But while eschewing Gramm's spending plan, McCain is relying on the Texas senator's chief fund-raiser, consultant Carla Eudy. "This is not just about John McCain the Commerce Committee chairman," she said. "I think people underestimate how many personal relationships McCain has. Even though he's new on the national front, he's not new."

    From New York to Chicago to Atlanta, Eudy has accompanied McCain on an extensive fund-raising road show and she noted some prominent supporters he has attracted who are not strictly focused on his Commerce agenda -- such as New Jersey Devils owner John J. McMullen, who hosted a hockey game event for the senator this month, and Wall Street types including Goldman Sachs Chairman Henry M. Paulson Jr. McCain's money network, Eudy said, also features old friends from his Navy days and the military establishment, including retired Gen. Colin L. Powell, who gave $1,000 both to Bush and McCain.

    But even outside Washington, many McCain financial backers have stakes in the committee's work. Some, like executives with communications companies such as Viacom, Paramount, AT&T Wireless and BellSouth, gave to both McCain and Vice President Gore. The Colorado-based chairman of Echostar Communications Corp., Charles W. Ergen, whose satellite TV firm is battling with broadcasters over government regulations, recently hosted a fund-raiser for McCain. So did Ameritech Chairman Richard Notebaert, who co-hosted a Chicago event for him and whose PAC donated the maximum $5,000.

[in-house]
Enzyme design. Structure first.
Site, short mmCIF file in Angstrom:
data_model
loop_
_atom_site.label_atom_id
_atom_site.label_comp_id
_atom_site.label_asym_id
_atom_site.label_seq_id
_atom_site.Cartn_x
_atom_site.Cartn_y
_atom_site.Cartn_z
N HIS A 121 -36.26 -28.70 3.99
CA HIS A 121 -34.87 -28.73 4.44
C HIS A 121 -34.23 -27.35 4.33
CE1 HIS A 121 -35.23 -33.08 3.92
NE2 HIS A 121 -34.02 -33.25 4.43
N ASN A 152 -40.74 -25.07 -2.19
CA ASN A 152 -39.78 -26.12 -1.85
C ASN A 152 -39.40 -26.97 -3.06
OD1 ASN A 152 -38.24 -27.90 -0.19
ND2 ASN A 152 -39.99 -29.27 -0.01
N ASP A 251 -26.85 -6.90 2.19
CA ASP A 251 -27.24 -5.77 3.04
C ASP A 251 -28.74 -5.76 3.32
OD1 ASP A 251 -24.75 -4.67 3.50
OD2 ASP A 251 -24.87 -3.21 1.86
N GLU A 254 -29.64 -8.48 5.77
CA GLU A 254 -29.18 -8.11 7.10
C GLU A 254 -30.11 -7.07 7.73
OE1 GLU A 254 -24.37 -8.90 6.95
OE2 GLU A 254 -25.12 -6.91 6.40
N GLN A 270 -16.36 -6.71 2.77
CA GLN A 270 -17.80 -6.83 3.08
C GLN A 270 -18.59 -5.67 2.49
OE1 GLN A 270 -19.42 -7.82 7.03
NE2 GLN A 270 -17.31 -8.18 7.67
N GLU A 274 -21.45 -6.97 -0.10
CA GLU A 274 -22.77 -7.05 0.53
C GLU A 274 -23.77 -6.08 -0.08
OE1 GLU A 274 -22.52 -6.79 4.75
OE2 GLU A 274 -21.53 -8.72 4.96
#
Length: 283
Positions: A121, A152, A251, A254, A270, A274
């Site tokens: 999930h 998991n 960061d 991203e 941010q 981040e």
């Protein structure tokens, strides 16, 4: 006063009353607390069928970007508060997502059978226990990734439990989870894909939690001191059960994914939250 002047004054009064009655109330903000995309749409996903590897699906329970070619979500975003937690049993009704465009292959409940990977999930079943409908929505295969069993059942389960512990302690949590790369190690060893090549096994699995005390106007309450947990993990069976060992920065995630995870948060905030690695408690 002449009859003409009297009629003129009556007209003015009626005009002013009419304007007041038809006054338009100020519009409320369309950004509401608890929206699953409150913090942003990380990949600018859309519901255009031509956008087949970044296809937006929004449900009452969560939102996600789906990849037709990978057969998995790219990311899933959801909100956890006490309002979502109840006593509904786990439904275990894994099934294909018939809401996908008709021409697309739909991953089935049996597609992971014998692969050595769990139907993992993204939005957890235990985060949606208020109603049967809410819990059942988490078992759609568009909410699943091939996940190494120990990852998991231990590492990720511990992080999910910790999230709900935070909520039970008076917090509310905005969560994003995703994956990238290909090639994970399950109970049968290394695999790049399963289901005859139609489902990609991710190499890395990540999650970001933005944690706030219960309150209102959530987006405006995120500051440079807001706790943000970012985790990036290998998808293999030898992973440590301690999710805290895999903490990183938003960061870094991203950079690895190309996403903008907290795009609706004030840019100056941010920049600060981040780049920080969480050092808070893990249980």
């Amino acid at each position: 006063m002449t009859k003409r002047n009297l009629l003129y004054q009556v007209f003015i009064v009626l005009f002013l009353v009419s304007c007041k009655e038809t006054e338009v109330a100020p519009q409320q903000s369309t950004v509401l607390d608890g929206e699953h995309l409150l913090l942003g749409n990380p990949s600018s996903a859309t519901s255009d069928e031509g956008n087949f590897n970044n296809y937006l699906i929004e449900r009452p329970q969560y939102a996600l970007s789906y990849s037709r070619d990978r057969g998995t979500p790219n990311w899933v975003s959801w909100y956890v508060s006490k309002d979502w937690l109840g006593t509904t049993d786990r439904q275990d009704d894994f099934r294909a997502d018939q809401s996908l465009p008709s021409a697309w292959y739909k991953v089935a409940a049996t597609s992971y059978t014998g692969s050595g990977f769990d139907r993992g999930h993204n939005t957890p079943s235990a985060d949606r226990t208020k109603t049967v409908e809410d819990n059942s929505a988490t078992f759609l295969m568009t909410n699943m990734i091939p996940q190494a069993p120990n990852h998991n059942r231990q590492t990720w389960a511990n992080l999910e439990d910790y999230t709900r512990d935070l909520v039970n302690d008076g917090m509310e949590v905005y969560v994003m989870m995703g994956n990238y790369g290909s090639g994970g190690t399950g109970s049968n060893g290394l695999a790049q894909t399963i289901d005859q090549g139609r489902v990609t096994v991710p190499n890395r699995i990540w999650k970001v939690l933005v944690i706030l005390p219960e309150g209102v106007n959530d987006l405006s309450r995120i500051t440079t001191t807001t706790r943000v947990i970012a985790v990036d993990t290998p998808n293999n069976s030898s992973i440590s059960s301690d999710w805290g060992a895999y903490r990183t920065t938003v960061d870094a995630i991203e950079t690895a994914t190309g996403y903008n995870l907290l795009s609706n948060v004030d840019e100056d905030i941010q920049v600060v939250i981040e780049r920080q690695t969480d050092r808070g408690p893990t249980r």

In the District, Bush will lead the fund-raising while McCain competes with another Beltway veteran, Elizabeth Dole, for the rest of the city's major money. Dole, hoping to match her husband's Washington fund-raising of four years ago, kicked off her efforts last night with an event at the Washington Hilton that aimed to collect more than $400,000.

    But McCain's camp sees this as his turf. "Washington," Eudy said, "is close to being his home town. He's been there for a long, long time."

    © Copyright 1999 The Washington Post Company